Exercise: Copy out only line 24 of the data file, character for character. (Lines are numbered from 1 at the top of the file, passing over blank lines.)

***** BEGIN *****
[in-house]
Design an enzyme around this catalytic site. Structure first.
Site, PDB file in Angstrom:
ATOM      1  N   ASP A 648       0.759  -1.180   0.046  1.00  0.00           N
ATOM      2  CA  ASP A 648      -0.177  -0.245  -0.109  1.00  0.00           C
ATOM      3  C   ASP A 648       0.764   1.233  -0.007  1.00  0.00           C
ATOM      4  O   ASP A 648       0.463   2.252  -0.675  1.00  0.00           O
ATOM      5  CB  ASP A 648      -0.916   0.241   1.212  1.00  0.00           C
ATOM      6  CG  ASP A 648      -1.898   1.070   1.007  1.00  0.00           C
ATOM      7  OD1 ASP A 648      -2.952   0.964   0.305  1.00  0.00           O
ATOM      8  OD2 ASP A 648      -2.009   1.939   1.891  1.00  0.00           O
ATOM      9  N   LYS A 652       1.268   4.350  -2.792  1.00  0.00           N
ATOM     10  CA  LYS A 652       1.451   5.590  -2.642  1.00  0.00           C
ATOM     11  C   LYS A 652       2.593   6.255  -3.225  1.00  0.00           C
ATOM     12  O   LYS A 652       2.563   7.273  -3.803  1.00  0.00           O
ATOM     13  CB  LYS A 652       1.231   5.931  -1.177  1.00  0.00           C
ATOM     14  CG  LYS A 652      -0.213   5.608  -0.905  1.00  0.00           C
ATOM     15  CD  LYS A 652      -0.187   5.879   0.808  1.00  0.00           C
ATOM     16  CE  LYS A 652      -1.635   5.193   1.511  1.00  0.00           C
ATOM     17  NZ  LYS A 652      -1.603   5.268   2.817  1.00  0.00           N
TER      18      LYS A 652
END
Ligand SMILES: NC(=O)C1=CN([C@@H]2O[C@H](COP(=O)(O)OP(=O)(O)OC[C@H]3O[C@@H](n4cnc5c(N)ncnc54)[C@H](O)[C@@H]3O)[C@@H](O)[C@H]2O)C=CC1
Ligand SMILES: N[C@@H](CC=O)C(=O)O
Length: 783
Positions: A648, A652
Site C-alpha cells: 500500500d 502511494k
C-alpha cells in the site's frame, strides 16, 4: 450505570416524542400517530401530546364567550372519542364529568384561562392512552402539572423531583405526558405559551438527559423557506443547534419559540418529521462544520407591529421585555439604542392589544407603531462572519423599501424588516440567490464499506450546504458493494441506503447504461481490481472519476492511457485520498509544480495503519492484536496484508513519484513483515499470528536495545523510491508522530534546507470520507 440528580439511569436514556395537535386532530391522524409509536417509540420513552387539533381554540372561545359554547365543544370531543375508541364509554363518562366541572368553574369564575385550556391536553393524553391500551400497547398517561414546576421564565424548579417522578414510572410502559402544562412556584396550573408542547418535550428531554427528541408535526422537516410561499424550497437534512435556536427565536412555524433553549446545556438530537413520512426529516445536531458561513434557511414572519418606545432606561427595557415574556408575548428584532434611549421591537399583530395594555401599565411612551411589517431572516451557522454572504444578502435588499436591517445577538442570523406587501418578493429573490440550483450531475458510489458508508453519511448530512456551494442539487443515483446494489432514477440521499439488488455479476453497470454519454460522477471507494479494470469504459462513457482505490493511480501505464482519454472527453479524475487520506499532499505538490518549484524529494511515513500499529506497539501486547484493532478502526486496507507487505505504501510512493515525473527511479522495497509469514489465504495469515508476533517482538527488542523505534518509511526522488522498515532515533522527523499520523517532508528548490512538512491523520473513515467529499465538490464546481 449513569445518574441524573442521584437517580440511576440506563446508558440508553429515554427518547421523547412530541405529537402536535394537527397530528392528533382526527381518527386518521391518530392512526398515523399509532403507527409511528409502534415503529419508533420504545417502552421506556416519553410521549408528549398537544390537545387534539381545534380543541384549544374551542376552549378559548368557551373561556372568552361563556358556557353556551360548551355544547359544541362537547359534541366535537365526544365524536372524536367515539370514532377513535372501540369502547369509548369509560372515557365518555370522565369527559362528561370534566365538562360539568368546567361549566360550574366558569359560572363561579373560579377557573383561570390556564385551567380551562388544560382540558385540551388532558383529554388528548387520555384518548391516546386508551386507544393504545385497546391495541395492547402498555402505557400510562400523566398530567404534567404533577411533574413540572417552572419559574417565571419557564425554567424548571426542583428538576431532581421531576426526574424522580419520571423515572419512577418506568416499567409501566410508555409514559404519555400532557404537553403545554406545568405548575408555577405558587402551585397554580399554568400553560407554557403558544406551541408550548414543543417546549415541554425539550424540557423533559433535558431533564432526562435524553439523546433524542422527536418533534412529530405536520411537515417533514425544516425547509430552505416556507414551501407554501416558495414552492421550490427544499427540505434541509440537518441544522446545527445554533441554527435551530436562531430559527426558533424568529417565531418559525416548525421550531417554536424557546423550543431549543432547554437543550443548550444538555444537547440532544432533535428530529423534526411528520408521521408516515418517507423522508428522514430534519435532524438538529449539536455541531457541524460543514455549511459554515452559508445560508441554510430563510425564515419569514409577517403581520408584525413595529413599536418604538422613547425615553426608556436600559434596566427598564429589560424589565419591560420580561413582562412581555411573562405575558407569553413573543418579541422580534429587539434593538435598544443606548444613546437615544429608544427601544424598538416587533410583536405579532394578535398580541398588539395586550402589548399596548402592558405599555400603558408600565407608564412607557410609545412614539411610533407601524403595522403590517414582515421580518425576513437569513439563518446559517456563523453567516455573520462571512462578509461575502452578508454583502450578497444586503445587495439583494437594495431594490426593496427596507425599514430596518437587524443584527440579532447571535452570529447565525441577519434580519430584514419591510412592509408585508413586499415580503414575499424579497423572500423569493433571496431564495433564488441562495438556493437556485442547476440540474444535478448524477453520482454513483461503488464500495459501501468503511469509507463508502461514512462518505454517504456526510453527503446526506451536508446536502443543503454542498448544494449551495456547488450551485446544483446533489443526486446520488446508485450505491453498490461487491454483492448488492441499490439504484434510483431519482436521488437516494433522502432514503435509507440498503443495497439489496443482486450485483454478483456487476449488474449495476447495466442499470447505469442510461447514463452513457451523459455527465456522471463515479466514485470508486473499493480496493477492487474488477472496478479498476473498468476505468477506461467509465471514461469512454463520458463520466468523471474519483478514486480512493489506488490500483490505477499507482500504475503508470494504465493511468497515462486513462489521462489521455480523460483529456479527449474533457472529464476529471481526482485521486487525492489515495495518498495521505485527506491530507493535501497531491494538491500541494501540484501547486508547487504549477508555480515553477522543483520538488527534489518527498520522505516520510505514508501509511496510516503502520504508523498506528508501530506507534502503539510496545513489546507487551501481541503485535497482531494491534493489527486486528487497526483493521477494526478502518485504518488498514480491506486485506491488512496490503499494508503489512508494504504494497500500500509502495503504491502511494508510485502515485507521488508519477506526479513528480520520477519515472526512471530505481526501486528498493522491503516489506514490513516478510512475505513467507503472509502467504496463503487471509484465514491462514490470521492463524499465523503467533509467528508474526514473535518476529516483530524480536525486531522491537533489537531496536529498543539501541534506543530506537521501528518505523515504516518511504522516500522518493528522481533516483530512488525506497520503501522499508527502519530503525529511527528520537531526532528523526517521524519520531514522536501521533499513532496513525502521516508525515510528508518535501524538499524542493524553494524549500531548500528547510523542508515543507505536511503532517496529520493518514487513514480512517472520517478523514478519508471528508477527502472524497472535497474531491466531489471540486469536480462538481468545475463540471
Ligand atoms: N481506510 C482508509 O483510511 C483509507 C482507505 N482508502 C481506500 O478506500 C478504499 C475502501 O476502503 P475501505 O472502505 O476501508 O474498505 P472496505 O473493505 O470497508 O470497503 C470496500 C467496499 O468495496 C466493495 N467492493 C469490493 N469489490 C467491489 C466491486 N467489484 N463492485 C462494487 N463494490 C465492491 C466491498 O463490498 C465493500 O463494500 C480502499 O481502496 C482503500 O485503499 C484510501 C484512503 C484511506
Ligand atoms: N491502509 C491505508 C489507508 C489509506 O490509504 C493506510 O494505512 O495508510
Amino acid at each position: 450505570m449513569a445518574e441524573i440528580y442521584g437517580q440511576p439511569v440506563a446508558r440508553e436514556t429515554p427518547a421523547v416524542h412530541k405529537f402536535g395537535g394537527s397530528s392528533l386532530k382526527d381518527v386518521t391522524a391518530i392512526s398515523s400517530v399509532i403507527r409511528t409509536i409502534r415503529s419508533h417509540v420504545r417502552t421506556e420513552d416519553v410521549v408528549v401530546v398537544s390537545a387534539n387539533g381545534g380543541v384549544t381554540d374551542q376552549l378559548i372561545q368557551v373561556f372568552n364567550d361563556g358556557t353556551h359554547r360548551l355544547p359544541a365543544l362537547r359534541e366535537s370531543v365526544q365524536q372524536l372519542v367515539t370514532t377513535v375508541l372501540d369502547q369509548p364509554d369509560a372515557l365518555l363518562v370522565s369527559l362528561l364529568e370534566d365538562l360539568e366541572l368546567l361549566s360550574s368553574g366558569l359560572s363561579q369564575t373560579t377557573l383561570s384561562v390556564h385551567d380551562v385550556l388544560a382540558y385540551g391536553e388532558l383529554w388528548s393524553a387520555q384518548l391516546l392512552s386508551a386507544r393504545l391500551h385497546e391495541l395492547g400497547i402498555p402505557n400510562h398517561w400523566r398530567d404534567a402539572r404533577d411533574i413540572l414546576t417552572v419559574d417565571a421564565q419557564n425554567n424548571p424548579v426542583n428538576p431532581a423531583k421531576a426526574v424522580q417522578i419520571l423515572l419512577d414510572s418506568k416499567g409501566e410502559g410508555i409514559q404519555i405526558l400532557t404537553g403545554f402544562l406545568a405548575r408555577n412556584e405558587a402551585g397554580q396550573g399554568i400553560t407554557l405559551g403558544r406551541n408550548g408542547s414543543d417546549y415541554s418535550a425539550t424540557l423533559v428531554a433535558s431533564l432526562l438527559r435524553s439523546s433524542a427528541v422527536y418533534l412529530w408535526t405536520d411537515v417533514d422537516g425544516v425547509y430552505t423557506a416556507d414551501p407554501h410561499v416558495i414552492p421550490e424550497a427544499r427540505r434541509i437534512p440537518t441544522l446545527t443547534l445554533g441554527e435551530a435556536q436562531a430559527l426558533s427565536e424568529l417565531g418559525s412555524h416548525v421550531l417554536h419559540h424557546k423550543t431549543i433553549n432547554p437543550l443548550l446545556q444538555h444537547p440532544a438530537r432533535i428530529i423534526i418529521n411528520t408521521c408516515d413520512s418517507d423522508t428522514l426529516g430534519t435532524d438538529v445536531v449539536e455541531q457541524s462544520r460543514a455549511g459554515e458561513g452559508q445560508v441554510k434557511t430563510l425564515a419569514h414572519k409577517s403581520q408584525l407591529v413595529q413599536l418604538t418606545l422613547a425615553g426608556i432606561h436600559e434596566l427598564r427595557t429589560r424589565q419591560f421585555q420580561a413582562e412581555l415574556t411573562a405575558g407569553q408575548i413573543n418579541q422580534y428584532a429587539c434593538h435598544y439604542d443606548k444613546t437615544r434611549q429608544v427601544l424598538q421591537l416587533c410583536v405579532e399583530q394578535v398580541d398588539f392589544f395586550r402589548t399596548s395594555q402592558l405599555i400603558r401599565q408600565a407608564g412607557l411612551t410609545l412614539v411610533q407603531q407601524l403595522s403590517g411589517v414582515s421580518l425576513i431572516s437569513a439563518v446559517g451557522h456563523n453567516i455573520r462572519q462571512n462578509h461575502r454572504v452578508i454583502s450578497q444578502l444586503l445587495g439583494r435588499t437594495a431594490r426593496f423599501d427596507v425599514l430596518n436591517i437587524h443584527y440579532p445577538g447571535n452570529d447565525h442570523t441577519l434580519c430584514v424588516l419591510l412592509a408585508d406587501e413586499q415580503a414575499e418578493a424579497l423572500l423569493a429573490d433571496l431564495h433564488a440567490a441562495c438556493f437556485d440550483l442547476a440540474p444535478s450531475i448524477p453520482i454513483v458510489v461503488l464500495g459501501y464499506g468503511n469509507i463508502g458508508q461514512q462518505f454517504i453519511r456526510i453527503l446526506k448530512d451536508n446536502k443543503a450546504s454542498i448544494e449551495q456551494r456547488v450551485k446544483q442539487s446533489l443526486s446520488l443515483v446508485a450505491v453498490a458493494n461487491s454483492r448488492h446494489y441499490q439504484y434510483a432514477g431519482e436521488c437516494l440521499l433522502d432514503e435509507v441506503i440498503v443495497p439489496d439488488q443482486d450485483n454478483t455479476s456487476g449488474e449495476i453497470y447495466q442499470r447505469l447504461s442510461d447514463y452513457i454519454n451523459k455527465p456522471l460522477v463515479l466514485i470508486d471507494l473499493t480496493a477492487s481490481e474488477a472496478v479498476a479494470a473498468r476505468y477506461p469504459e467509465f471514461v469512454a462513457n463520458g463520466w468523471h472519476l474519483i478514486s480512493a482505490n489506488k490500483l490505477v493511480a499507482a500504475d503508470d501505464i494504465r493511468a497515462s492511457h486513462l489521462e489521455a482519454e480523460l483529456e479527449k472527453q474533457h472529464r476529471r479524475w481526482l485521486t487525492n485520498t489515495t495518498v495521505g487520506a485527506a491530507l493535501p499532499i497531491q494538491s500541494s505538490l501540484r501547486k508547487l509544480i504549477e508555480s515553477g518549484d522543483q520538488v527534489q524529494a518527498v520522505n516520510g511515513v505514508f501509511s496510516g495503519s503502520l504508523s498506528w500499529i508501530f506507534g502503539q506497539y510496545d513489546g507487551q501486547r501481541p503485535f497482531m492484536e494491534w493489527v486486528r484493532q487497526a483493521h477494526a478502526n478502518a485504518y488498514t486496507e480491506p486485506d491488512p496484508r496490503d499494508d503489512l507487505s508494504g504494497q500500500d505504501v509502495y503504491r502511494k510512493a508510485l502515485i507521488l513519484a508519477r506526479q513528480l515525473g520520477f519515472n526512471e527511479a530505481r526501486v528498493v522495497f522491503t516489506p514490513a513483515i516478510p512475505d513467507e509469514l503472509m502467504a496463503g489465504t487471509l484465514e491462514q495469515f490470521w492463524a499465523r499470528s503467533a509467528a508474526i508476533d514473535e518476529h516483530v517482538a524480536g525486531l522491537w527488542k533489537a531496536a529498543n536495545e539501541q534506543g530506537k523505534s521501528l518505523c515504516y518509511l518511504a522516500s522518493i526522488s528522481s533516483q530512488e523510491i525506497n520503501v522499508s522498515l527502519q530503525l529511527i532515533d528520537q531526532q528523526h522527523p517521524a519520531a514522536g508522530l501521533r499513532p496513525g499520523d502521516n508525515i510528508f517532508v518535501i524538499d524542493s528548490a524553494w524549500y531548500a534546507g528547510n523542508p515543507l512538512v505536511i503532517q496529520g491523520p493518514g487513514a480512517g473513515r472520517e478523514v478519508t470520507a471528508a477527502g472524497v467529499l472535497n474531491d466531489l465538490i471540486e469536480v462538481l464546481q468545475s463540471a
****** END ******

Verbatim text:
Ligand SMILES: N[C@@H](CC=O)C(=O)O